Management of Coma and Hospitalization Protocols

Management of Coma and Hospitalization Protocols

Patients in comatose states are hospitalized in intensive care units (ICUs) of multidisciplinary hospitals or specialized departments. For instance, patients with traumatic coma are admitted to neurosurgery units, those with exotoxic coma to toxicology centers (if available), and those with apoplectic coma to intensive care units of neurovascular departments. Alternatively, they may be admitted to neuro-intensive care units.

The commonality of several pathogenic mechanisms and the presence of life-threatening disorders dictate the primary principles (urgency, intensity, and comprehensiveness) of pathogenic therapy, which must be administered alongside etiological treatment.

Urgency is driven by the presence or potential for rapid development of life-threatening disorders, particularly those affecting respiration, cardiovascular function, and homeostasis. The urgent nature of therapy necessitates immediate initiation of treatment, beginning at the pre-hospital stage. The most critical aspect is ensuring the patency of the upper airways, which includes removing foreign objects from the mouth, clearing vomitus, and inserting an airway. Ambulances must be equipped with all necessary tools for emergency intensive therapy to normalize heart rhythm, manage shock, perform respiratory and cardiac resuscitation, and control convulsive syndromes.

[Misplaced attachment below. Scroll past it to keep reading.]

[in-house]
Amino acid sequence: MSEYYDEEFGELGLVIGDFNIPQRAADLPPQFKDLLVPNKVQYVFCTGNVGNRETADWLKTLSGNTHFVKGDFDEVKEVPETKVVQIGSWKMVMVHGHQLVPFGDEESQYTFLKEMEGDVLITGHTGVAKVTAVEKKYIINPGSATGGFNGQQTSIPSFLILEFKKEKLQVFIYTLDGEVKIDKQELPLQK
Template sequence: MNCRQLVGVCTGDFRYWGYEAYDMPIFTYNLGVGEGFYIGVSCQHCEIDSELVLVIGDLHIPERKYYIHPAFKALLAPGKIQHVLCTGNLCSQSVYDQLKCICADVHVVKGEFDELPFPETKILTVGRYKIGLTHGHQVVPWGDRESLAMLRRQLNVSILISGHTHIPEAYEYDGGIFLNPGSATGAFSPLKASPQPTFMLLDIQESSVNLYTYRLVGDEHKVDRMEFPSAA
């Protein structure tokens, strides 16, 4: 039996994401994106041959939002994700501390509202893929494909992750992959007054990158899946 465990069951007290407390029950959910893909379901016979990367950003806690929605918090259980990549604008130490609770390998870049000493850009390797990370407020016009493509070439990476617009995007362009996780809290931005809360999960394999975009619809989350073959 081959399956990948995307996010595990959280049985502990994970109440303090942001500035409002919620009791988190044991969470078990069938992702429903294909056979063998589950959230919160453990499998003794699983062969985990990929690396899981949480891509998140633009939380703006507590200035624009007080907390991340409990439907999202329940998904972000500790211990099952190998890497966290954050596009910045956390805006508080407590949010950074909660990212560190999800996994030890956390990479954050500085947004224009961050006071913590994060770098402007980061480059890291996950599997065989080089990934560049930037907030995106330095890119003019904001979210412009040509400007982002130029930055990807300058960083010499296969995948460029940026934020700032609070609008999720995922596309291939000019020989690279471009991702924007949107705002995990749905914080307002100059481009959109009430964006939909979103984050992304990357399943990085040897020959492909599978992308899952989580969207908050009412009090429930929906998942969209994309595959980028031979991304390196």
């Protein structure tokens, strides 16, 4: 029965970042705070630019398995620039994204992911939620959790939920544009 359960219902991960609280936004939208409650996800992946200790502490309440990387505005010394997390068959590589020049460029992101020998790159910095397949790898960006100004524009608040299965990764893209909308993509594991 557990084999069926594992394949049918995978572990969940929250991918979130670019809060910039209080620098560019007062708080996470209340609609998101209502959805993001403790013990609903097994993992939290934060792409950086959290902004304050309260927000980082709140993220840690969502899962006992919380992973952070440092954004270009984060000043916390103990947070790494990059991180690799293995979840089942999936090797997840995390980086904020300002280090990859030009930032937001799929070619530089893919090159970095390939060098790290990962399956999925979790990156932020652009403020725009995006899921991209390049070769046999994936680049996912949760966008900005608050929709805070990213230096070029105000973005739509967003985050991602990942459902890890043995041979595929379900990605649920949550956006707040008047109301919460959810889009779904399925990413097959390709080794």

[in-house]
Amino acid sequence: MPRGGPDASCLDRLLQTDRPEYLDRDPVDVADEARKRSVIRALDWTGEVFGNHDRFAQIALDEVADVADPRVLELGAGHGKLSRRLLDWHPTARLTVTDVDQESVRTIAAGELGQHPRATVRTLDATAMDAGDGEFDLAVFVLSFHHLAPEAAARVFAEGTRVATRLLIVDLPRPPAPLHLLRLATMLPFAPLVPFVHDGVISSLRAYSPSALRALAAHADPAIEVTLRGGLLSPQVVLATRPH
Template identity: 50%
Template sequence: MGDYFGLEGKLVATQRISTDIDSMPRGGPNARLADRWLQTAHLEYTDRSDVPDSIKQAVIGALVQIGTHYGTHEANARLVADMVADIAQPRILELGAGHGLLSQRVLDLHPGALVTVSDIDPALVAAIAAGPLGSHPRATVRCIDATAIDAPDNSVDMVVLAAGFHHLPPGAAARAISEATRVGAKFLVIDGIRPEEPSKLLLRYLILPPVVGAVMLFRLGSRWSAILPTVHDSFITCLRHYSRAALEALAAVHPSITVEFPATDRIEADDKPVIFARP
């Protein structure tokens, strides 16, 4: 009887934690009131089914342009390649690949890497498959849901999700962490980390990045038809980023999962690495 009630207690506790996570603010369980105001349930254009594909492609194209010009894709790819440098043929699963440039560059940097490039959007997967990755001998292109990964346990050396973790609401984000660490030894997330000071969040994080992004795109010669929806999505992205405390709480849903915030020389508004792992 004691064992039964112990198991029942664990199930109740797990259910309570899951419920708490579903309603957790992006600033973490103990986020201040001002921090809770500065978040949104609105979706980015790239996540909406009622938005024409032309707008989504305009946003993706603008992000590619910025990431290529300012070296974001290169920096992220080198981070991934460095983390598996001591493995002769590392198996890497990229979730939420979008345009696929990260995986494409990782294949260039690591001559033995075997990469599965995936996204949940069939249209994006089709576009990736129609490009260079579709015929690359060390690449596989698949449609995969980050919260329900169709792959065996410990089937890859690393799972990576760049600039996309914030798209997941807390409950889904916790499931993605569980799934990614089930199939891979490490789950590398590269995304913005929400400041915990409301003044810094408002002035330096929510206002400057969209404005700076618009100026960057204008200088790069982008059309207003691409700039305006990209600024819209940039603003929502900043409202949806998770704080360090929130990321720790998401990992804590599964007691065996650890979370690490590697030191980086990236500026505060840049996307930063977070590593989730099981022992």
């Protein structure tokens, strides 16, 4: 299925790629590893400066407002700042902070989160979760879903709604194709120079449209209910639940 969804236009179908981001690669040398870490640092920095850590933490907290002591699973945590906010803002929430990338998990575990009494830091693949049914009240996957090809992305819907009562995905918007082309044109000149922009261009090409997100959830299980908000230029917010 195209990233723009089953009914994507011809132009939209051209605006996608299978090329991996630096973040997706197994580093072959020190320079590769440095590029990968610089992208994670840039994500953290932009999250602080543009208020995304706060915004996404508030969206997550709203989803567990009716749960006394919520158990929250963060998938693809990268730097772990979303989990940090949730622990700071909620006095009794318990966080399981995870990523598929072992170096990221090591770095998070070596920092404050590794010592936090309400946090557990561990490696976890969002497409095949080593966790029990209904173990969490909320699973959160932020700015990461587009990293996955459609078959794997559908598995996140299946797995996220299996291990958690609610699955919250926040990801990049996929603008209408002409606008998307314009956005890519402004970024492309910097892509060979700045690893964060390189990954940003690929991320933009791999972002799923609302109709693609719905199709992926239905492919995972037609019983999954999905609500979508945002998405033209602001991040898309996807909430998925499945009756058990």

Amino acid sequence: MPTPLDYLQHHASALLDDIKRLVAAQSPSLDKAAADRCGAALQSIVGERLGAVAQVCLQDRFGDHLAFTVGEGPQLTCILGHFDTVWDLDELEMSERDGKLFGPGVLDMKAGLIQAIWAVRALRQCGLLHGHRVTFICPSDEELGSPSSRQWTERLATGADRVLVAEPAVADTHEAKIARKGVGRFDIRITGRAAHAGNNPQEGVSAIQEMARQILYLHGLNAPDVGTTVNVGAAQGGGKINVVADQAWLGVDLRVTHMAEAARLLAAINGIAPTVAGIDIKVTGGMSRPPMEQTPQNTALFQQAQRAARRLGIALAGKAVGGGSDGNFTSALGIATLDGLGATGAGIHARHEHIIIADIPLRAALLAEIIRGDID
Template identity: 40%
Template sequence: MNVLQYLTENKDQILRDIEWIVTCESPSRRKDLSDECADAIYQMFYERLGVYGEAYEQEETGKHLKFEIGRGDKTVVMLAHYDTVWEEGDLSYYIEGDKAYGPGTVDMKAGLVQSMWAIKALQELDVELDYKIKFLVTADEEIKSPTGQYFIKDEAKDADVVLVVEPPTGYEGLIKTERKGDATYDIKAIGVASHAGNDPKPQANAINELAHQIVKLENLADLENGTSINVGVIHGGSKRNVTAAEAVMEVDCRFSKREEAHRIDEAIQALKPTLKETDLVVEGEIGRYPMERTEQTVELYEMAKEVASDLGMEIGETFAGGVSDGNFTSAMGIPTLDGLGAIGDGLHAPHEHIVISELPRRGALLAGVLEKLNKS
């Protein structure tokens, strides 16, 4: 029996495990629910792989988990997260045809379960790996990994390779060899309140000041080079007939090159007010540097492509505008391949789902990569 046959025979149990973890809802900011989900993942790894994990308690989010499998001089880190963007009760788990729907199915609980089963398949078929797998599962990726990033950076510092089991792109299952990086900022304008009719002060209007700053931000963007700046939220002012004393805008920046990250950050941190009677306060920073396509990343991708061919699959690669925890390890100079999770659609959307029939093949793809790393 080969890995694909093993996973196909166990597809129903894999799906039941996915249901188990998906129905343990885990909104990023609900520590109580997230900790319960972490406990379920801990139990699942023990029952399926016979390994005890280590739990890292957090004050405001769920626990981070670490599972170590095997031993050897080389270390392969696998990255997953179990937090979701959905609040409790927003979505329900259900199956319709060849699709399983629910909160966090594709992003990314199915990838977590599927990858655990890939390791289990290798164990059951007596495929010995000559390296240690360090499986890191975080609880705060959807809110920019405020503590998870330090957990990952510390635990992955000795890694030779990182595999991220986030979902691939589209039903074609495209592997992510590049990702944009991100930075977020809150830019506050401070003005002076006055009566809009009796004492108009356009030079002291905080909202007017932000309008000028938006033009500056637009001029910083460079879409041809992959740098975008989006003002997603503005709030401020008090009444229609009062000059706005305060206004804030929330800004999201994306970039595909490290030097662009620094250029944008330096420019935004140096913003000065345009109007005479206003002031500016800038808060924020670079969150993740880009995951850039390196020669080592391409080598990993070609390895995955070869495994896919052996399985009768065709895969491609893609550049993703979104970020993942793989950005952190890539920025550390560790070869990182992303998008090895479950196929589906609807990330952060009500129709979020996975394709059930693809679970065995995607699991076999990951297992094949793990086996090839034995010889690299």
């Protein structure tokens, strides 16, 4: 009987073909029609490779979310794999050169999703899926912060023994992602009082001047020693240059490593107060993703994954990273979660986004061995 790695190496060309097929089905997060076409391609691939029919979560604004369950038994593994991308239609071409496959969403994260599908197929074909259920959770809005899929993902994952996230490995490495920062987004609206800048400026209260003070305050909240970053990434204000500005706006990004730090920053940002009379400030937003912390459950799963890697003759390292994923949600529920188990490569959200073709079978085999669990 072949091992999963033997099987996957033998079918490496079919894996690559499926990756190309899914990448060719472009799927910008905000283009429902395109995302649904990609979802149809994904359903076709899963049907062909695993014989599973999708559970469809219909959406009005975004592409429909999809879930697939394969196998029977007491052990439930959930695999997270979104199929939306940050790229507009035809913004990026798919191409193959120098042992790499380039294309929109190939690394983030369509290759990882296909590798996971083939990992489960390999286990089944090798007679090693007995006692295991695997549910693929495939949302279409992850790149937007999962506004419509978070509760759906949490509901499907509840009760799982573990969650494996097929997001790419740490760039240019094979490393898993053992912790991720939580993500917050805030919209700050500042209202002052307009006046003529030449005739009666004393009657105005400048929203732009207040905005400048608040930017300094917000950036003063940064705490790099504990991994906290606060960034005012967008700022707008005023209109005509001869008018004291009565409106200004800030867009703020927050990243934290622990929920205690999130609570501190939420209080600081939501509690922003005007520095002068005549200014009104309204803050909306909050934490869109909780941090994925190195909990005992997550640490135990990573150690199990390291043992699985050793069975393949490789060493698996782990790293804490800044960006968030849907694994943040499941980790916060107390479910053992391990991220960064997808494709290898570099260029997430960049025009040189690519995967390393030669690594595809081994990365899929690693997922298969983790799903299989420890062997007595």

However, recent experiences suggest that the aim for maximal expansion of treatment measures at the pre-hospital stage may not always be justified. This is due to several reasons. For example, extensive use of neuroleptic and tranquilizing drugs can obscure the clinical picture of the disease, complicate the identification of focal symptoms of nervous system damage, and deepen the suppression of consciousness. The widespread use of diuretics without a thorough history can lead to the development of dangerous hyperosmolarity syndrome, particularly in diabetic and uremic coma.


In conclusion, the management of coma involves immediate and intensive measures to address life-threatening conditions, ensuring airway patency, and stabilizing cardiovascular and respiratory functions. Hospitalization should be in specialized units equipped to handle the specific needs of the comatose patient, and while urgent treatment is critical, care must be taken to avoid overuse of certain medications that could complicate the clinical assessment and treatment.